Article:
(This post is part of my Patreon-supported New Worlds series.)
Since we’ve been talking about different types of soldier and warrior, it seems appropriate to take a moment to discuss a particular group: women in war.
This is a contentious topic in part because our evidence is a mess. When it comes to analyzing the role of women in combat and combat-adjacent positions, in addition to wrestling with people’s conceptions of sex and gender and the appropriate places for each, you’re looking at a tangle of legends, historically attested women treated as exceptions, lacunae in the records, and evidence colored by the assumptions of the people looking at it.
I am, alas, blind as a bat. I’ve worn glasses since fourth grade (and probably needed them in third), and just can’t imagine what I would do without them, aside from bang into things all the time. I’ve often wondered what I would have done if I’d been born in the 19th century instead of the 20th.
The answer? Pretty much the same thing: worn glasses, if not the nice high-tech polycarbonate- lensed ones that I have now.
Eyeglasses, or spectacles as they were called, have been around since at least the 13th century and seem to have been invented in Italy; there are frescoes and portraits of saints and churchmen with rather endearing early forms of spectacles perched on their noses dating to the mid-14th century. Their use spread quickly across Europe, and by 1629 a Spectacle Makers Company had been established in London. Continue reading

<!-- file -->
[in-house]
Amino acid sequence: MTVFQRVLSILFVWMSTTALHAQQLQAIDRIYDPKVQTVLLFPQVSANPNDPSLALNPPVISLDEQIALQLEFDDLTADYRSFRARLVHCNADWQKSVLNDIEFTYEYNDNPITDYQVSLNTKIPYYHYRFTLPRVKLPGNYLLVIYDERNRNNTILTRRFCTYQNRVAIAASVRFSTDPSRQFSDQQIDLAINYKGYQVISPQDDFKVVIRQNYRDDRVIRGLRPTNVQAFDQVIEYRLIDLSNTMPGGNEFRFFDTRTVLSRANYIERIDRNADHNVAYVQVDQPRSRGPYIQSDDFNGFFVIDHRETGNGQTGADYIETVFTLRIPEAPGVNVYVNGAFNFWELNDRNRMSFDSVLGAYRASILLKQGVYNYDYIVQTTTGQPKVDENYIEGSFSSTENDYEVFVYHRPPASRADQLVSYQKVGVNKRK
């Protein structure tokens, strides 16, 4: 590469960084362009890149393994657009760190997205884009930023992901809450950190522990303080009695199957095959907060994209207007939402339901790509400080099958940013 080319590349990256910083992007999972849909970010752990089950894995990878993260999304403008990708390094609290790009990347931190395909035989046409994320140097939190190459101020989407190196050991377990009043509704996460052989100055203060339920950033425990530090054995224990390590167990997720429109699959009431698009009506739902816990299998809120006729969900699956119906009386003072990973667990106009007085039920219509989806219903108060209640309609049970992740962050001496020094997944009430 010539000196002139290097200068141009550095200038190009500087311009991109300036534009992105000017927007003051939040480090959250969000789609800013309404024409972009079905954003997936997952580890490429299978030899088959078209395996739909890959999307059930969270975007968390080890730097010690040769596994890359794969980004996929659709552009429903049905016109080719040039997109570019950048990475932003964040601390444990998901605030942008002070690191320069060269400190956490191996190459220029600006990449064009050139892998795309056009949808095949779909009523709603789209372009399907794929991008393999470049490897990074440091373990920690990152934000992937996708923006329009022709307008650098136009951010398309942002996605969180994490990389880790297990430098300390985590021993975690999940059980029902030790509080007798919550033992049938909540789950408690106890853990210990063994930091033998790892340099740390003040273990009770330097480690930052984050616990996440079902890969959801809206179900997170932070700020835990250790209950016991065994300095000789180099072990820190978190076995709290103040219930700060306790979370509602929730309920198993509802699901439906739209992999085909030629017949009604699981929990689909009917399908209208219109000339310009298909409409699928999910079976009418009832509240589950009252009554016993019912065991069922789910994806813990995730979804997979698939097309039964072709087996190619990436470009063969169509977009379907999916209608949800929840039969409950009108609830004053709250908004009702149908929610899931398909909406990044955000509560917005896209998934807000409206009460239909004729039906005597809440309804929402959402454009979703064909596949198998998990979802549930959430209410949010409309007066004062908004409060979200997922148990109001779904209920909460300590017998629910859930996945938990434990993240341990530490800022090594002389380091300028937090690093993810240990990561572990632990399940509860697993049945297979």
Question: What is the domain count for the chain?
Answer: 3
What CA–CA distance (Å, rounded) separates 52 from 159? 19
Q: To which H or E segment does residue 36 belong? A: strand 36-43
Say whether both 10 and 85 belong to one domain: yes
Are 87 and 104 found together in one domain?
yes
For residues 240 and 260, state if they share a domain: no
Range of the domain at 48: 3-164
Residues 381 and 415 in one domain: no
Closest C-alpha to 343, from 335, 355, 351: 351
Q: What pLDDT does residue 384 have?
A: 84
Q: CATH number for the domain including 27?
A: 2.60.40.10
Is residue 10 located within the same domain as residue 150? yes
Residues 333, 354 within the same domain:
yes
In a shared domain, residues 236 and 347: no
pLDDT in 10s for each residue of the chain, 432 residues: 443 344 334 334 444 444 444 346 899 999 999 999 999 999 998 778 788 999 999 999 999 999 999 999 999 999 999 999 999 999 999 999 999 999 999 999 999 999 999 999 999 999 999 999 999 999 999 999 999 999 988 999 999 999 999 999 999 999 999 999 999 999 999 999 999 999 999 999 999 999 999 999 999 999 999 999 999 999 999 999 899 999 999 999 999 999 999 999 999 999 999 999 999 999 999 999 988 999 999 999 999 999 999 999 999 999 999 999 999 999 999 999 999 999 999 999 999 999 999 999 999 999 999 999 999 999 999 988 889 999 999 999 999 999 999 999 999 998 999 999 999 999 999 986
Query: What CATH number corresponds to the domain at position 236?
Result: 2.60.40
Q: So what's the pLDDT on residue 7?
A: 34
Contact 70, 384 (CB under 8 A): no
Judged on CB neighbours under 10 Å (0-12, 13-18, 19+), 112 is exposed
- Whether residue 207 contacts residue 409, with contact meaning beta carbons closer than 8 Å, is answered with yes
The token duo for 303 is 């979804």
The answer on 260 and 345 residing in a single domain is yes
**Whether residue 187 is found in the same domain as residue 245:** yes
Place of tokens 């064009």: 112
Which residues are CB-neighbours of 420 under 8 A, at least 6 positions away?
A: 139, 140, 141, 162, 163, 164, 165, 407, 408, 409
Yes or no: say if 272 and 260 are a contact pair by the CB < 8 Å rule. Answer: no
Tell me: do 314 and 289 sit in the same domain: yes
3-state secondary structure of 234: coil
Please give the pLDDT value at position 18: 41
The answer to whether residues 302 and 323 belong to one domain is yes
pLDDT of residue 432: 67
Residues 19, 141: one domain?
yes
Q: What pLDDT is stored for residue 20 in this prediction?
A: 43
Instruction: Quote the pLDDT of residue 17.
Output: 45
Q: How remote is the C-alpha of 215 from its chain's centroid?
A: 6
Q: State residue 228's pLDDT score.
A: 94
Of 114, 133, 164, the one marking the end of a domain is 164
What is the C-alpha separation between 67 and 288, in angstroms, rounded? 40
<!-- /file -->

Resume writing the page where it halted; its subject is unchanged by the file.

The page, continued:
Last time I talked about some of the responsibilities the members of a critique group or writers’ workshop had to the writer whose work they were critiquing. This time, I’d like to address the responsibilities of the writer, which go beyond the helpful “Don’t panic!” and “There’s no crying in writing!”
At a panel on critique groups at a recent science fiction convention, some of our audience members (aspiring writers, all) were surprised when the panelists unanimously agreed that the writer whose work was being critiqued also had responsibilities to the group and to her work. They’re important duties, too, because they can make the difference between whether the critique group is ultimately a beneficial experience that makes a writer’s work better, a torturous experience from which she learns nothing (except “critique groups: just say no”), or a ruinous experience that destroys both the story and the writer. Continue reading